16. Think of the available space…

Smith machines tend to be tighter, with a smaller footprint and little need for access around them. A rack will need room to move in and out from. It’ll also need room on either side because a barbell is 7ft long, plus you’ll need space on either side to change the weight plates.

17. Think of your budget…

Squat racks tend to be cheaper than Smith machines, so you’ll have to factor in your finances.

18. Think of your training goals…

Smith machine has no sport carry over at all. No sport moves in such fixed patterns, so if you’re looking for equipment to improve your athleticism, don’t go for a Smith machine. It’s certainly useful for bodybuilding, but not for sports.

19. Consider the functionality… 

Are you happy with a basic setup, or do you want pull-up bars etc?

If you want all-singing, all-dancing and have the space and money required then you’ll have to look at the better racks on the market. That will require more attachments, therefore more money.

You can learn a ton more about what to look for in a squat rack and find our recommendations from comparing over 100 of the best squat racks here.

How to determine equipment quality

If you’re buying online, look at our squat rack guide and our Smith machine guide first. That will outline our thoughts on the equipment. 

This image will give you a quick idea about some of the key features of a squat rack…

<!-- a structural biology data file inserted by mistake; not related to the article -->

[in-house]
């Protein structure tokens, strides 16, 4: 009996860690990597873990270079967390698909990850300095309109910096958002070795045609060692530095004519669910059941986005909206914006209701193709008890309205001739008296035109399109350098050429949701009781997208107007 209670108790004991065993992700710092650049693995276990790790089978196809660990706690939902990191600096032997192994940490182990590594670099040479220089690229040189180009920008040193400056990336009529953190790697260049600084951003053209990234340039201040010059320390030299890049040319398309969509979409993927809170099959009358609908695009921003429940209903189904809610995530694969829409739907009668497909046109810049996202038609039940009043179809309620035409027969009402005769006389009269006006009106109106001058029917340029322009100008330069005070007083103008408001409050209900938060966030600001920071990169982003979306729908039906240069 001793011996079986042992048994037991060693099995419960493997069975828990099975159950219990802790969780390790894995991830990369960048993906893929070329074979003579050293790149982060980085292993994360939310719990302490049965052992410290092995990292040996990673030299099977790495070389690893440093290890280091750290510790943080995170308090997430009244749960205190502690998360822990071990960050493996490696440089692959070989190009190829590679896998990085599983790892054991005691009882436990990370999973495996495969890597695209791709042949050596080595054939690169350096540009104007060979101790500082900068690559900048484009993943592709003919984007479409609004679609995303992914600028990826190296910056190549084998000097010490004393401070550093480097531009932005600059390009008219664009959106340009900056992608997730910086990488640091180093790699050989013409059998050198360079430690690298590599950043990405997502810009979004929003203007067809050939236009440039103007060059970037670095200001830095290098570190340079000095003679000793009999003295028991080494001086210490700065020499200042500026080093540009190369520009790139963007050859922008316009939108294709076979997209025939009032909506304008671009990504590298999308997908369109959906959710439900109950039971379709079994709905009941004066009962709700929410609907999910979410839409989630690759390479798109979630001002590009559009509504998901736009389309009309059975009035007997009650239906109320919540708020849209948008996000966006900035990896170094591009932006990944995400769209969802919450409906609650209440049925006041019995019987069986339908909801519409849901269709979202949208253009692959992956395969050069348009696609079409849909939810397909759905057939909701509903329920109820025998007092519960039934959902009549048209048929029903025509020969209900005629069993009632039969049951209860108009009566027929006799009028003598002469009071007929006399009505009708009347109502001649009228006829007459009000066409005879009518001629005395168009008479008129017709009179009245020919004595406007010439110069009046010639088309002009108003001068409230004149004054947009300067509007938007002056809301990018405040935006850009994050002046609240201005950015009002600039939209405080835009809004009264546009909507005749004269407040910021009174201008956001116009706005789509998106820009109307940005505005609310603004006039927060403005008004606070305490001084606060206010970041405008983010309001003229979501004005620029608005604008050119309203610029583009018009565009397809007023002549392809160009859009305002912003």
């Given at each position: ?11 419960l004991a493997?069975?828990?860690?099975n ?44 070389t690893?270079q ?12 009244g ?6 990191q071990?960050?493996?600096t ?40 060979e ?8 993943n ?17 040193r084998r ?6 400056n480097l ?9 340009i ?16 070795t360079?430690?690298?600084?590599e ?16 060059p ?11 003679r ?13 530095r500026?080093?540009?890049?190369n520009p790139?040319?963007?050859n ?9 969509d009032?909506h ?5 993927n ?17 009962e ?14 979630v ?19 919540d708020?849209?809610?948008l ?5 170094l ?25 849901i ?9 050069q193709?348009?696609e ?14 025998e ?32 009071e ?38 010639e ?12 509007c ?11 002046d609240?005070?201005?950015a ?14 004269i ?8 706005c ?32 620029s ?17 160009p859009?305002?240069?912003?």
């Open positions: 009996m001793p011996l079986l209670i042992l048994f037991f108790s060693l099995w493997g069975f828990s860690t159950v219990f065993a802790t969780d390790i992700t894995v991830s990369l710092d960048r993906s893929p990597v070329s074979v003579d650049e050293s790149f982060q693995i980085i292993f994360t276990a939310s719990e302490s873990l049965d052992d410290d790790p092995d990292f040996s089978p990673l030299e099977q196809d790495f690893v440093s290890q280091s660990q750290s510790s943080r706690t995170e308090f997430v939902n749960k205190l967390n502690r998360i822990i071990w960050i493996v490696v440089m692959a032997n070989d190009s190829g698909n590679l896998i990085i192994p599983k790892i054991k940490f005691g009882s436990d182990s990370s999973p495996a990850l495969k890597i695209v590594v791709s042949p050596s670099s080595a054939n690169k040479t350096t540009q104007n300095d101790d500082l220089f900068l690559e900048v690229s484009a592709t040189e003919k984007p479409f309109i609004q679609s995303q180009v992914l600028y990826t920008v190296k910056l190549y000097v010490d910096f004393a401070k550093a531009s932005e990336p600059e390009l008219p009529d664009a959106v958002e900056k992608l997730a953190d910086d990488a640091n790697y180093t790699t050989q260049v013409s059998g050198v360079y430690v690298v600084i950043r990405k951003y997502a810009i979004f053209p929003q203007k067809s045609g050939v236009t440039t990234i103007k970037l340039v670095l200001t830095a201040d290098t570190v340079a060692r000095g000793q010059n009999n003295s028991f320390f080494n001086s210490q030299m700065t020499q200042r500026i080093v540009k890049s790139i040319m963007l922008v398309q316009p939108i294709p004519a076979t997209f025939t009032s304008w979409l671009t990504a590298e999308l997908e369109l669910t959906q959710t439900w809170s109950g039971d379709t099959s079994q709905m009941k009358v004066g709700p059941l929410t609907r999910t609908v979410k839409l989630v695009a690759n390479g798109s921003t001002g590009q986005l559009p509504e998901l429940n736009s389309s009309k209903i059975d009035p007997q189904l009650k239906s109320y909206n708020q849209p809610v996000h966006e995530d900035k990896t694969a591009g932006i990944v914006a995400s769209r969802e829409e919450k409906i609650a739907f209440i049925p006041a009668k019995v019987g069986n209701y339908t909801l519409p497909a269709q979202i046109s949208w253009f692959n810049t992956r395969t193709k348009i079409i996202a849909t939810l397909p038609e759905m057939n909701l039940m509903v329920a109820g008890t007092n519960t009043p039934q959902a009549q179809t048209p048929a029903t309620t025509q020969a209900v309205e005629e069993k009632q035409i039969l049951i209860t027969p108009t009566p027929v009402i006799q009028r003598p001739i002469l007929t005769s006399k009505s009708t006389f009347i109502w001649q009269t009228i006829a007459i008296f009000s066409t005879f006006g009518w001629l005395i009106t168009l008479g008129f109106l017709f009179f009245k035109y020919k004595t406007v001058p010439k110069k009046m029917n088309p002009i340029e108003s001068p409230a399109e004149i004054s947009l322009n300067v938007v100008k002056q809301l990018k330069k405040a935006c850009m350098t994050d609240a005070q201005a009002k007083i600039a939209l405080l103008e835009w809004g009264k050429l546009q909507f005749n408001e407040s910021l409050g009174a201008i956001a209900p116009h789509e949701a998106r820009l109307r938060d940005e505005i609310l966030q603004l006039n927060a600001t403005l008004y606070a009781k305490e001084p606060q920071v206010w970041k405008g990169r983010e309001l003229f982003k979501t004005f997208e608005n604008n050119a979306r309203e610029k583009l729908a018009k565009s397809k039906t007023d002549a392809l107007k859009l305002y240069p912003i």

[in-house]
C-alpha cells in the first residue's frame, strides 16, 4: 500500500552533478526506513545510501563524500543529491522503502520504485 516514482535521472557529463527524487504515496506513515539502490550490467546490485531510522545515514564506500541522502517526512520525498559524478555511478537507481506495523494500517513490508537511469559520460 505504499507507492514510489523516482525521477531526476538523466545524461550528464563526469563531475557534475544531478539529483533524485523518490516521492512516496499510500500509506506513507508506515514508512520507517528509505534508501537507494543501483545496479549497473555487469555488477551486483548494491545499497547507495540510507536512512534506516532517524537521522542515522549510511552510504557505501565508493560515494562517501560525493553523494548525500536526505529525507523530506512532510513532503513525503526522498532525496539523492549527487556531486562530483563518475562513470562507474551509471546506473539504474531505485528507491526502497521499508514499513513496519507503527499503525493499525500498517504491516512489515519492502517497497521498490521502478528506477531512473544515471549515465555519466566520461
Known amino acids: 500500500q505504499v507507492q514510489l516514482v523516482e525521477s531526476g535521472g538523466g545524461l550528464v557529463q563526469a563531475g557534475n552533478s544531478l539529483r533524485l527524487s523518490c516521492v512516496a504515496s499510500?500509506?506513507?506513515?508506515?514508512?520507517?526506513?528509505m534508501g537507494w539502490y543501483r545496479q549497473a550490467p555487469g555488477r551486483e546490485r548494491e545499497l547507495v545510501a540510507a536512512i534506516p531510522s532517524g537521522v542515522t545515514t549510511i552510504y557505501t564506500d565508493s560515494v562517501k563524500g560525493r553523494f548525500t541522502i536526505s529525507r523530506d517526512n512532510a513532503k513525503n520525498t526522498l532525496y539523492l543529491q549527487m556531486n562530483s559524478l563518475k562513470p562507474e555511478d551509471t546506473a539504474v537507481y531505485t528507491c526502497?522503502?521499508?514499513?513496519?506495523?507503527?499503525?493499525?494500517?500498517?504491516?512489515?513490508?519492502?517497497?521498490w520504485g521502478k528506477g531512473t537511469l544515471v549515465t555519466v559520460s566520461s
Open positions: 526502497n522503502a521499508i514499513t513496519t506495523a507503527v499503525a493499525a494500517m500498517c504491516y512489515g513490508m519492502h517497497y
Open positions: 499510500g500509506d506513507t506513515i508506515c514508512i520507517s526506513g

The Power Rack Buying Guide

And here are some of the key aspects of a Smith machine…

Main factors of choosing a good Smith machine

There’s also additional information on equipment if you know what to look for. Take note of these points to build a picture of whether or not the item of equipment you’re looking at is any good…

20. Steel Gauge

If there’s information about the product, look at the gauge of steel used – you want a minimum of 14 gauge (the lower the number, the thicker the steel).

Gym Equipment Gauge Steel Thickness

It has to withstand heavy weight and constant re-racking and supporting bars. If you’re a big, strong dude or dudette, this is going to be very important. 

21. Online Reviews

Take a look at online reviews – companies will only tell you how great their products are, but look for real-life thoughts from actual customers.